Freshwater fishing: How to locate and fish for crappie after spring spawn

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Scott From Get Bent Baits & a Friend Loaded up on a mess of crappie near dead tree stick ups at Lake Isabella.
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BY KATE STEWART
Cope’s Tackle and Rod Shop

BAKERSFIELD – Fishing for crappie and other panfish can be a great way to get into fishing. Especially when you are trying to involve young anglers. Crappie are typically found in schools and are easier to catch in numbers than other species of fish. They also are a favorite to put on the table. However, once they move out of the shallows during the spring spawn, without expensive electronics, and even sometimes with them, they can be a frustratingly difficult fish to target.

Here are some tips to help you locate this exciting species of fish in all bodies of water and to help you catch crappie during the warmer summer months.​

  • Look For Structure: For crappie, you want to target submerged structure in particular. Specifically look for many types of submerged wood. This includes, fallen trees, submerged brush piles, wooden docks, or even standing dead trees. Crappie tend to stick tight on these types of cover, especially during the hot summer months. You will want to put you bait in the cover as close as possible. If you don’t have graphs, submerged cover can be difficult to find, but it’s not impossible. One way to know what may be under you is to watch the bank. If there are fallen trees and brush piles on the edges of the water chances are there are more in front of them as well. When you find a brush pile, marker buoys can be an easy way to help you keep track of where the structure is without having to watch for it on your electronics.
  • Locating Without Electronics: Have a boat but don’t have a graph? Try trolling for schools of crappie. This can be an easy way to cover water and find schools of panfish. Since they typically travel in numbers, if you are trolling around the lake and catch one, chances are there are plenty more in the area. Trolling can also be done out of a kayak, and once you’ve found one you can target the area where you caught the fish and typically find the rest of the school.
  • Look for Deep Water: When the spawn is over and the temperatures rise, crappie head for deeper, cooler water. It’s not unusual to find schools suspended in 20 to 30 feet of water.

    Nick Stewart and his daughter with their catches from last summer on Lake Isabella.
  • Cloud Cover: As a kid we used to joke that the best time to catch crappie was during cloudy days because of the “crappy weather.” As I got older, I learned that there was indeed a correlation between the clouds and the epic bites, but that it wasn’t because they preferred the undesirable weather. The actual reason is because, as stated earlier, crappie tend to stick very close to the cover and structure they are clinging to for protection from the sun. When the clouds roll in and the wind starts blowing the fish tend to move off their cover a little more making it easier to locate and catch them.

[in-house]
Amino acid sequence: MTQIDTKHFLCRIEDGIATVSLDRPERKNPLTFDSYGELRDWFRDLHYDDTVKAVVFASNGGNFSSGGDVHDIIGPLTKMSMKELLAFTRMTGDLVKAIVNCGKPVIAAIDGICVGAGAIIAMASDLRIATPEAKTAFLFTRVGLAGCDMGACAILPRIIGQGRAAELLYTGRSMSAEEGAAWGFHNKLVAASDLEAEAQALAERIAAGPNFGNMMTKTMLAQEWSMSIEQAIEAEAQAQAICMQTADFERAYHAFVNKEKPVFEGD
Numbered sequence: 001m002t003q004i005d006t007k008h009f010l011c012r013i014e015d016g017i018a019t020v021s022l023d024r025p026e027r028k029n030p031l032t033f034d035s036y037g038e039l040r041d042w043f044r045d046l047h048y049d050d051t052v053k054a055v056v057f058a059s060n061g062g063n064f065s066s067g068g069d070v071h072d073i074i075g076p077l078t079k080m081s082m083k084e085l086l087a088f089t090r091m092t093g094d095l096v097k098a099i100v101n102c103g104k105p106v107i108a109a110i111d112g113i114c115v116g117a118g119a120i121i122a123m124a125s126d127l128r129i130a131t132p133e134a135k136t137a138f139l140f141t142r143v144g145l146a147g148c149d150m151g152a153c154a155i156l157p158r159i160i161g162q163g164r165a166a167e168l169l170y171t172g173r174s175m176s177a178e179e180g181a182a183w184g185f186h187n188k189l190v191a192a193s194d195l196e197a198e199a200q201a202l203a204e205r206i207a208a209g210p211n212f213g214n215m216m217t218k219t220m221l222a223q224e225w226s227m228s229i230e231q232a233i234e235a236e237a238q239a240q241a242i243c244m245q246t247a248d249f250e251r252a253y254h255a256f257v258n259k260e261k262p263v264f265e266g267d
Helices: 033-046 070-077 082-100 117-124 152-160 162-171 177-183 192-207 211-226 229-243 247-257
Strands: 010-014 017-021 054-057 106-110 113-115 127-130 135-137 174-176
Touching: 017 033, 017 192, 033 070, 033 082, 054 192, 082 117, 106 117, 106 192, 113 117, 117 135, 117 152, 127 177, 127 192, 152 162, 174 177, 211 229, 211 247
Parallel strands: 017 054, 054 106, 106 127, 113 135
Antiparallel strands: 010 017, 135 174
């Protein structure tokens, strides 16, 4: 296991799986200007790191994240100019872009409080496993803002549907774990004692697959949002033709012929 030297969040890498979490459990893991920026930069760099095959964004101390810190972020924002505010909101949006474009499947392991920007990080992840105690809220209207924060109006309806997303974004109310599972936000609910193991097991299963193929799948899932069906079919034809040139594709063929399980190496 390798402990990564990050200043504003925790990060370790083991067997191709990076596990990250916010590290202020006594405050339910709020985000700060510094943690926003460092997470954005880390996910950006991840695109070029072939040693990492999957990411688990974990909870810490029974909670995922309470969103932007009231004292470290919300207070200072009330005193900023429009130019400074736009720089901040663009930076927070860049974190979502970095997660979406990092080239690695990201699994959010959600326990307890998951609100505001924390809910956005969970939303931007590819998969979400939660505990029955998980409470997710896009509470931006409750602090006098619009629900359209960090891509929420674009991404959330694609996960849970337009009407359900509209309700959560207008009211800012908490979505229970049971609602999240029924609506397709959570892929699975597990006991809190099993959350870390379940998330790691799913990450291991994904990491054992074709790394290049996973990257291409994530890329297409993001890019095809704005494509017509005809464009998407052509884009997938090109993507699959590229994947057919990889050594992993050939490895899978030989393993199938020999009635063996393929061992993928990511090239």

• Bait Color: If you’ve located a school and can’t get them to eat, change your bait. Crappie are one of the more sensitive fish to colors. I’ve had days where if my bait didn’t have any pink on it, even if it was just a pink Crappie Nibble, I couldn’t buy a bite. I’ve had other wide-open days where I’ve caught them on a bare gold hook. Change it up until you find the secret bait of the day. Some of my favorite baits come from Strike King’s Mr. Crappie Jigs, and my personal go-to color in any style minijig is usually electric chicken, or yellow and white. Depending on the temperament of the fish that day, I like to add a Berkley Crappie Nibble to my bait. I always have pink, chartreuse and white on the boat.
  • Bait Types: Don’t be afraid to change the style bait your throwing either. Sometimes they want a minijig swam through the structure, other times your best bet is to grab a couple dozen shiners on your way to the lake (always check lake regulations and make sure live bait, and specifically the live bait of your choice, is permitted). Sometimes a mini-jig being swam is what they are looking for other days you may want to throw a float on and work it (Something about that pop of the float on the top of the water sets them off like you wouldn’t believe). There are also small spinners and crankbaits that can set the bite off for a school as well. In short, if you’ve found the fish chances are you can catch them. Don’t be afraid to keep changing bait styles and colors until you get the school to commit!

While crappie fishing in the hotter months of the year may be a little more work, it can still be just as successful and fun as fishing during the spring spawn! Don’t forget to review your lakes regulations in regards to size and limits as they may vary in different bodies of water!

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